Sea surface

In this section, you will find information about the sea surface, which includes waves (height, direction and period) and sea temperature.

Sea temperature

Map showing sea surface temperature off the coast of Newfoundland

Sea temperatures are the expected average offshore water temperatures measured in the top 1 meter of the sea for an area of 40x40 kilometres. These are averages, and do usually not reflect the heating effect of the sun on the top 10-20 centimeters, nor do they reflect the water temperatures observed on beaches or in shallow water. The temperatures of water close-to-shore is influenced by many factors, such as sunshine, water depth, waves and local currents, and may therefore differ from the average temperatures. On sunny days, the surface temperature is usually higher than the average temperature indicated for the sea. Due to the complexity of influences on the local water close-to-shore, we do not model this temperature locally. With local experience, you can well estimate local water temperatures based on average surface.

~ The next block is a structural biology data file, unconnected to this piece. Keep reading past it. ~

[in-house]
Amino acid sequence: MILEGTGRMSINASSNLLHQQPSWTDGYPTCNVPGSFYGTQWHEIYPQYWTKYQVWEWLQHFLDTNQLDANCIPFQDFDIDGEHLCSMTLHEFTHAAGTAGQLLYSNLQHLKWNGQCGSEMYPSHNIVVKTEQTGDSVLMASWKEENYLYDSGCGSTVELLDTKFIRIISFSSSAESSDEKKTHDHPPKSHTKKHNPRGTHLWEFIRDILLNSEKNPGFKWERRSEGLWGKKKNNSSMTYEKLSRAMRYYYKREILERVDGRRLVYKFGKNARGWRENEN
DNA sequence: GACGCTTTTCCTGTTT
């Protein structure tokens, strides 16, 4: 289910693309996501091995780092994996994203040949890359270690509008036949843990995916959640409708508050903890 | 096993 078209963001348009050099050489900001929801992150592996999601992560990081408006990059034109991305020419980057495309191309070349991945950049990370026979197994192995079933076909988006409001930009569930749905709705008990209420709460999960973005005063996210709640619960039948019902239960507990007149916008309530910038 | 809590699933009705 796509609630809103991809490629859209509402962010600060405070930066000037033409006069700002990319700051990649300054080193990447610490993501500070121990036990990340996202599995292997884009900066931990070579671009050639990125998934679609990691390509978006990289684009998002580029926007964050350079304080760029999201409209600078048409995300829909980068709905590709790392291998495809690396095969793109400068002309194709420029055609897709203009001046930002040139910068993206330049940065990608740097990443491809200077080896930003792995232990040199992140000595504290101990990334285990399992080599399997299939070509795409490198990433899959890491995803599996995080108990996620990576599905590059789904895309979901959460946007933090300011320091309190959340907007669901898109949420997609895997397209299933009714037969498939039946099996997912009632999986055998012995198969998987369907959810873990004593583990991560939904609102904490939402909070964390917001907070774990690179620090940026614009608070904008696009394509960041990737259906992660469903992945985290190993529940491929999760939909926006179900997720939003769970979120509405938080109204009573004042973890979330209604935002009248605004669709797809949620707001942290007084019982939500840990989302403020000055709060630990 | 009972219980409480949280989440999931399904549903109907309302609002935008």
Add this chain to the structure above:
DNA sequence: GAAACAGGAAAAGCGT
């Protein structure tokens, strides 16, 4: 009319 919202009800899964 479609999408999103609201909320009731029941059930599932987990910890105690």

Swell and wind waves

Swell waves are generated by wind far away and may have travelled very long distances (1000's of km), whereas wind waves are caused by the local wind.

Wave height, period and direction

The height of wind waves and swell waves represents the height of the 33% highest waves over a recording time period, respectively. The height is expressed in metres (m).

The significant wave height is the average of the largest 33% of all waves (including wind and swell waves) in metres (m) over a recording time period. It corresponds to the wave height a skilled observer would see. Since wave heights are average numbers, some individual waves can be much higher.

The period of wind and swell waves is the time in seconds (s) between two waves. Further, wave direction is the direction where the waves come from, using the same convention as for wind direction.